The work accepted was Westminster Abbey – the West Front. In 1916 another work was accepted – Crickhowell Bridge, Wales and the following year The Edge of the Coppice was approved.
One commission he must have enjoyed was for Queen Mary’s Doll’s House. Queen Mary had always been an enthusiastic collector of antiques, especially miniatures, and the Doll’s House was intended to be not just a gift, but also to promote the work of leading British artists, designers and craftsmen.
Built on the scale of 1:12 it was completed in time to appear at the British Empire Exhibition at Wembley in 1924. After the exhibition closed it was taken to Windsor Castle for permanent exhibition, where it has remained to this day.
The architect of the house was Sir Edward Lutyens – one of the three assessors for the design competition in 1924-1926 to select an architect for the new Freemasons’ Hall in Great Queen Street, London.
More than 1,500 craftsmen and artists were invited by him to participate in the construction of the house and its furnishings, including Spackman, who contributed Fir Trees against a Sunset Sky.
Honours now came to Cyril Spackman, and in 1916 he was elected a member of the Royal Miniature Society and the Royal Society of British Artists (RSBA).
For Freemasons, his most important commission was the design in 1921 of the Hall Stone Jewel for the United Grand Lodge of England, which was exhibited at the Royal Academy Summer Exhibition in 1922.
He was very proud that the jewel is a main feature in the central panel of the stained glass window behind the shrine on the first floor vestibule at Freemasons’ Hall.
However, there is one interesting change in the jewel in the panel. When he designed it in 1921 this was prior to the architectural competition for the new building.
When the window was designed several years later, the façade was now known, so the winged figure of Peace, instead of holding a model of a classic temple – as in the jewel itself – is actually holding a model of the Tower façade for the building.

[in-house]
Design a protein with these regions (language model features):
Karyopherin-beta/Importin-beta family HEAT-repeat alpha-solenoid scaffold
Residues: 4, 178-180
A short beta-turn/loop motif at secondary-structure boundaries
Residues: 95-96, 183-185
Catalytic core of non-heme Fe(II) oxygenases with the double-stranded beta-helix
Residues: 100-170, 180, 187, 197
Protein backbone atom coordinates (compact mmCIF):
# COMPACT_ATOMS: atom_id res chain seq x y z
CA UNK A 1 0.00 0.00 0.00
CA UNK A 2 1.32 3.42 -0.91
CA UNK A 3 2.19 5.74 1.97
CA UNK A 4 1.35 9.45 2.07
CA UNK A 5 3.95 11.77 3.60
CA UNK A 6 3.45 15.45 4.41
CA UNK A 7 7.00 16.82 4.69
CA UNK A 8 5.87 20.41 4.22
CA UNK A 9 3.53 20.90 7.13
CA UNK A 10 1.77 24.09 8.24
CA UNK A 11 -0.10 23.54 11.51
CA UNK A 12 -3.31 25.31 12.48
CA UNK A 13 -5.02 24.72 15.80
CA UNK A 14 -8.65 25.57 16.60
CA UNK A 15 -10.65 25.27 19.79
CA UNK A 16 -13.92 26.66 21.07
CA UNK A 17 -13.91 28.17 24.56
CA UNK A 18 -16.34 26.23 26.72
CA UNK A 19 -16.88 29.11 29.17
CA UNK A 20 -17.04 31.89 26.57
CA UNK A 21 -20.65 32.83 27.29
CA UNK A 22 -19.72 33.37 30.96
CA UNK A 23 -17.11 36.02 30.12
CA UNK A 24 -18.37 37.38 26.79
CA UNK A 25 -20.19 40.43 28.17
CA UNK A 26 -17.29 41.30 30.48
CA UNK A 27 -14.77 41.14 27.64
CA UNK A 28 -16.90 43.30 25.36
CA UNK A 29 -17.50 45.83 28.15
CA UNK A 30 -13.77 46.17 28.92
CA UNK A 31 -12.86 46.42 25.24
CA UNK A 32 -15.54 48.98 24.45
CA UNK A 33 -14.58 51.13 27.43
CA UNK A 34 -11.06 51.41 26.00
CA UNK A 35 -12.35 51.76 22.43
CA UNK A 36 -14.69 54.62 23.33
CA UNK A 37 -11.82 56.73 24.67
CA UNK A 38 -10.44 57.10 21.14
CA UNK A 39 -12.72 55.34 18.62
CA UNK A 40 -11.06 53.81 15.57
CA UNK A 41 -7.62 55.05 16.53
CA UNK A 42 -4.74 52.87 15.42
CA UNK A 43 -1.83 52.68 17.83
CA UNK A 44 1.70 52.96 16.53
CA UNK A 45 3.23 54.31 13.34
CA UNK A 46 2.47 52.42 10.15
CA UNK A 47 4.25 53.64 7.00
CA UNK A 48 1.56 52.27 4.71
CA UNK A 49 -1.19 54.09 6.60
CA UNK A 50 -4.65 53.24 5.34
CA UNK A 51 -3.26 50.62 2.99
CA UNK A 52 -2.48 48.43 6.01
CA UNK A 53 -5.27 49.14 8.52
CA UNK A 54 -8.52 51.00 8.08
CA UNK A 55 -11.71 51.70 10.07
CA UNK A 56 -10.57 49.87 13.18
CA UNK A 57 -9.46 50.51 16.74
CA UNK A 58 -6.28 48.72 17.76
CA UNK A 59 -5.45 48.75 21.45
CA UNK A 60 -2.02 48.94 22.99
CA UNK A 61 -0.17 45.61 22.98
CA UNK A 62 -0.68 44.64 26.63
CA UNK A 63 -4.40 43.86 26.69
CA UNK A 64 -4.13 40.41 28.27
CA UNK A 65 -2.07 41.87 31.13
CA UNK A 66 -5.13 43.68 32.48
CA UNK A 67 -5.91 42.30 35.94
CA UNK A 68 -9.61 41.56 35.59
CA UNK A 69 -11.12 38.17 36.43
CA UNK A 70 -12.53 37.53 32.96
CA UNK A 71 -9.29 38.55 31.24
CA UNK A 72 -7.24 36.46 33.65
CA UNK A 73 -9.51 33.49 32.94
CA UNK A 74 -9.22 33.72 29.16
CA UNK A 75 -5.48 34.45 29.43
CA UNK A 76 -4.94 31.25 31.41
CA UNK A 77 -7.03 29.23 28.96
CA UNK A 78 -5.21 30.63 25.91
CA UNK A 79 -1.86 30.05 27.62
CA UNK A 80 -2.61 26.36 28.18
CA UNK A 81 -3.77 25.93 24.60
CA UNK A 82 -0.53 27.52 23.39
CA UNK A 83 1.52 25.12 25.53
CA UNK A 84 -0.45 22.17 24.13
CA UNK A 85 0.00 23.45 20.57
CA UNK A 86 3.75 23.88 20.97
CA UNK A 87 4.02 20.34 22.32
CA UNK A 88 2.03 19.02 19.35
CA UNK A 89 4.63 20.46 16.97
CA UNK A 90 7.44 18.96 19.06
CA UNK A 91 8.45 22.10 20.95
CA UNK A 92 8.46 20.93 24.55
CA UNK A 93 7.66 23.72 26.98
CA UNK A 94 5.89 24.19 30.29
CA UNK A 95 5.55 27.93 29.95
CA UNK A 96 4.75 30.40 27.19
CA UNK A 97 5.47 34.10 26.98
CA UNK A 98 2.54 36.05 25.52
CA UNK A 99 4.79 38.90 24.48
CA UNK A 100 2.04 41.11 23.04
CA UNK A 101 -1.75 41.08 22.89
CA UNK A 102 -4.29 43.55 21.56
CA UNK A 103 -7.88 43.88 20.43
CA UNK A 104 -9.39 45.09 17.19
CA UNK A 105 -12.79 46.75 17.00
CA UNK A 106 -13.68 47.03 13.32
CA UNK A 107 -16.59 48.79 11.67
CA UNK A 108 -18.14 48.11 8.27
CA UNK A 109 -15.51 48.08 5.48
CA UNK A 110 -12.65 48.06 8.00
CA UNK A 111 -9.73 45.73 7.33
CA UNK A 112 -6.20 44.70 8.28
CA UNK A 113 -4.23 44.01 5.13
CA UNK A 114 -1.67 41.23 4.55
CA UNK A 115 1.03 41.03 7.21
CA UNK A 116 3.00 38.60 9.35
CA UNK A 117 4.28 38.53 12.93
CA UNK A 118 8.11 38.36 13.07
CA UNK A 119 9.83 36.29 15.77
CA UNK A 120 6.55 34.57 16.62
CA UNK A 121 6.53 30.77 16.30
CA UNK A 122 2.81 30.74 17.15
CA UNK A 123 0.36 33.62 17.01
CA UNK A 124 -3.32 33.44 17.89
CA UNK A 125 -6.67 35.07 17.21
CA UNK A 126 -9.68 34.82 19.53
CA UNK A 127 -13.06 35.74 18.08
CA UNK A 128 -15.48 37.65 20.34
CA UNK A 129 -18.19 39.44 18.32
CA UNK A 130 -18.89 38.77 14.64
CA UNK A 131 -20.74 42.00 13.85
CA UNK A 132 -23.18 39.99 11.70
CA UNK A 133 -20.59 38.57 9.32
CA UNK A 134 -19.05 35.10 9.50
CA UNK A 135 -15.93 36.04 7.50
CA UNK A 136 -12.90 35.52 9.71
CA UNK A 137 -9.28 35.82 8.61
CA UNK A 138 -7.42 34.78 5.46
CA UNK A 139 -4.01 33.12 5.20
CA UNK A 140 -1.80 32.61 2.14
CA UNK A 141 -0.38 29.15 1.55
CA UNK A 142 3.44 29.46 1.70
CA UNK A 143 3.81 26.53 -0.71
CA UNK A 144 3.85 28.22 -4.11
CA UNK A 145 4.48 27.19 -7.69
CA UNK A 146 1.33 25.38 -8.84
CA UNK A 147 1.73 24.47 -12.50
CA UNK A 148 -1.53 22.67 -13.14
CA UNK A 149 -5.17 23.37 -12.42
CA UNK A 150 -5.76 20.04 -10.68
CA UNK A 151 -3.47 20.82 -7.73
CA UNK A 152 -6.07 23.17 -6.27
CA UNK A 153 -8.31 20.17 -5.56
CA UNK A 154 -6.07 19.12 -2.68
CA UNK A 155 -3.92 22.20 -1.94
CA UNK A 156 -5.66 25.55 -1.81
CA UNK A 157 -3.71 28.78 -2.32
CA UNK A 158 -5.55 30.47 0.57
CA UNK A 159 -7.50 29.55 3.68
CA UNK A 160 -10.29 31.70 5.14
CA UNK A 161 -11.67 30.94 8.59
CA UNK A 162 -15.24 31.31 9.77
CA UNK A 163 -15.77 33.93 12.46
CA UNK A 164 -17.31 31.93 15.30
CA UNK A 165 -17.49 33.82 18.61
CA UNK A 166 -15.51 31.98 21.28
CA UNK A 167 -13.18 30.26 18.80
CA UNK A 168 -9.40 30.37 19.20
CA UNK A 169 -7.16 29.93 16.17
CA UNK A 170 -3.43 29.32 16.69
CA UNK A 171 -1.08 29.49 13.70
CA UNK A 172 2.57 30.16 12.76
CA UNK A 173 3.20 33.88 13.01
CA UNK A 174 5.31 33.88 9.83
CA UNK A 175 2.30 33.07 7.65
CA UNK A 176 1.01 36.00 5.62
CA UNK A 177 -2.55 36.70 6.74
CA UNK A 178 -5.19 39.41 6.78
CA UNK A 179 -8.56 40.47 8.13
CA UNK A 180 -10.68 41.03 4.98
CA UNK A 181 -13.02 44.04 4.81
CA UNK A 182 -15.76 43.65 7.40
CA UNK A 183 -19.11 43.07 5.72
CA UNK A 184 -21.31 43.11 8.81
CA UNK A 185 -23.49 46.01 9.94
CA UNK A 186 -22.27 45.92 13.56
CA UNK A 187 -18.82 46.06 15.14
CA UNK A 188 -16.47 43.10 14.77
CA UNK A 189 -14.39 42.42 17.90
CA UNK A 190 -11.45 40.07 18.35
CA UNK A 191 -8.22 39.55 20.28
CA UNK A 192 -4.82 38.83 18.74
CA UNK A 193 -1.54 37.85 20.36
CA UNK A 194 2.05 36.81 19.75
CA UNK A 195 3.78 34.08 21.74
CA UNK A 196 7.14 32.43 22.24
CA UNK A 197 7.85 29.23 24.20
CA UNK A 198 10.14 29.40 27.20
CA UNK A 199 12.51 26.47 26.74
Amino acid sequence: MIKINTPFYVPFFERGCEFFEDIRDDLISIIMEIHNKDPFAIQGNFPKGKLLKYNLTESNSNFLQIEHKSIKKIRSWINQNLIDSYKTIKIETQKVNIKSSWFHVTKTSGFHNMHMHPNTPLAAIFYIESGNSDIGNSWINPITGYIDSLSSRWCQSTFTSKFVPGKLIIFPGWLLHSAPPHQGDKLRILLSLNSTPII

The Duke of Devonshire was Grand Master 1947-1950, and in 1950 Spackman exhibited at a Winter Exhibition of the RSBA a bust of the Duke, and in December that year he presented it to Grand Lodge.
In 1944 he was admitted into the Worshipful Company of Masons, which had its origins in the operative guild formed to control the stone trade in London.
Spackman was generous with his time and talents and was a well-known and active figure in the local community. He was chairman of the Croydon University Extension Committee, the Committee of the Croydon Writers Circle, an Honorary Vice-President of the Croydon Symphony Orchestra and a Vice-President of the Croydon Camera Club.
Not only were Lodge meetings held at his home, but he let it out to local cultural groups, and in the studio he took private lessons and held classes in architecture, painting, sculpture and drawing.
He had an international reputation, and his works were widely exhibited from the Walker Art Gallery in Liverpool to the Cleveland Museum of Art in the United States. As a writer his one major publication appears to have been Colour Prints of a Dream Garden and Old World Garden, a collection of prints taken from original drawings, some of which had been exhibited at the Royal Academy.
Some of his work has been left to posterity. There are prints in the British Museum, drawings in the permanent art collections in some City Art Galleries, and works in private collections in the UK, USA, France, Holland and Sweden – and, of course, the Hall Stone Jewel.
Cyril Spackman died of a heart attack on 16 May 1963 at the age of 76.
Acknowledgements: The author wishes to thank the National Art Library, the Royal Academy of Arts, the Royal Society of British Artists, the Royal Society of Arts Commerce and Manufacture, the Royal Institute of British Architects, Croydon Local History and Archives, Westminster Central Reference Library and the Library and Museum of Freemasonry. Particular thanks are due to Dr Susan Owens (Royal Collection Trust), Peter Clark (Worshipful Company of Masons), Stephen Freeth and Juliet Barnes (Corporation of London), Stephen Briney (Panmure Lodge No. 720), Douglas Burford (Beaux Arts Lodge) and James Nye (Remigium Lodge No. 7343).